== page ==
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ERIC Number: ED341491
Record Type: RIE
Publication Date: 1991-Jun
Pages: 16
Abstractor: N/A
The Development of Cognitive Schemas about Drugs among Preschoolers.
Zucker, Robert A.; And Others
This paper reviews several studies on preschoolers' perceptions of alcohol and drug use. The studies make five main points: (1) the process of socialization to alcohol and drug involvement begins earlier than adolescence, and involves the ability to identify alcohol and drugs by name, class, and smell; (2) the process of socialization involves children's ability to articulate differences between alcohol and drugs, and other substances which only adults use; (3) knowledge of the rule structure about alcohol use already exists during the preschool years; (4) some preschoolers are able to articulate a belief structure about drug effects and describe expectancies about their future use and their like or dislike of drug substances; and (5) individual differences in children's learning about alcohol and drugs are related to differences in cognitive capacity and exposure to alcoholic beverages in children's homes. Children's knowledge of drugs and alcohol is characterized as a cognitive schema about use which (1) involves recognizing a special class of objects having particular smells; (2) is governed by a rule structure, perceived to vary for age and sex; (3) disallows children's use of substances; and (4) allows for incorporation of substance use into children's anticipated future behavior and sense of self as adults. A list of 22 references is provided. (BC)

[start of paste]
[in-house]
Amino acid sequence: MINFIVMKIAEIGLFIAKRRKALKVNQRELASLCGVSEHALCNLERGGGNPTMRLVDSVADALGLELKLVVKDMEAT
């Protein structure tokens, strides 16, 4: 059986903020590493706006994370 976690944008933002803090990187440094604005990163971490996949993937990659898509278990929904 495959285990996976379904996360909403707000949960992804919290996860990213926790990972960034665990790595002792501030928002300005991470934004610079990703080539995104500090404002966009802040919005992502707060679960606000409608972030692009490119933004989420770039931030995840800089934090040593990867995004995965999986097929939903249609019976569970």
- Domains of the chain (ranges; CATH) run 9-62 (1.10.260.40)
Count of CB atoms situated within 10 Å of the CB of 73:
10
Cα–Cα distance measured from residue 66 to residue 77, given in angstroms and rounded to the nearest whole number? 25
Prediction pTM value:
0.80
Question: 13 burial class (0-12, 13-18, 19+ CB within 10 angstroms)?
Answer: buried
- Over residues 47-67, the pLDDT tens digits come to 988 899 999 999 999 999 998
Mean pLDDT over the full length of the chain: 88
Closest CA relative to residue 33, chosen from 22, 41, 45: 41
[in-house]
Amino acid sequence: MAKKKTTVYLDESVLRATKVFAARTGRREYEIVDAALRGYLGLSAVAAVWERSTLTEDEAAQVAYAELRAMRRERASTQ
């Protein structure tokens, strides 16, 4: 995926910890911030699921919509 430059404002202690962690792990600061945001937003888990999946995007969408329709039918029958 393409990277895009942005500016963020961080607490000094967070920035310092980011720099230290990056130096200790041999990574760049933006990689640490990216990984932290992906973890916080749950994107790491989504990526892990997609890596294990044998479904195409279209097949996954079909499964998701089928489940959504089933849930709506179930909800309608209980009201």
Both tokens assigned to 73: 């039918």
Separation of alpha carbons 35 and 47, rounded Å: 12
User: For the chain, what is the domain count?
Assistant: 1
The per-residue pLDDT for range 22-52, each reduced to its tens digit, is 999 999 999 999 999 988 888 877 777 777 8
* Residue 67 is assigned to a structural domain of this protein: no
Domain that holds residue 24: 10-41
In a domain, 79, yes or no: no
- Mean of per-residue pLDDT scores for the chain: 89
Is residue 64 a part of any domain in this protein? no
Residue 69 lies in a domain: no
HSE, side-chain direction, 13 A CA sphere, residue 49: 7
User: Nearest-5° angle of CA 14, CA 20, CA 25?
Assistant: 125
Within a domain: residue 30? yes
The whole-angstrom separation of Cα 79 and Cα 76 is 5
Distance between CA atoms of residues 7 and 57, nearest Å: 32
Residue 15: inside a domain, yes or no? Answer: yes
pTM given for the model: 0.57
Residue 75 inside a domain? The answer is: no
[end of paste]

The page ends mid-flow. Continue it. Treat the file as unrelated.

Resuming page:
Publication Type: Information Analyses; Speeches/Meeting Papers
Education Level: N/A
Audience: N/A
Language: English
Sponsor: Michigan State Dept. of Mental Health, Lansing.; National Inst. on Alcohol Abuse and Alcoholism (DHHS), Rockville, MD.; Michigan State Univ., East Lansing. Social Science Research Bureau.
Authoring Institution: N/A
Grant or Contract Numbers: N/A
Note: Paper presented at the Biennial Meeting of the Society for Research in Child Development (Seattle, WA, April 18-20, 1991).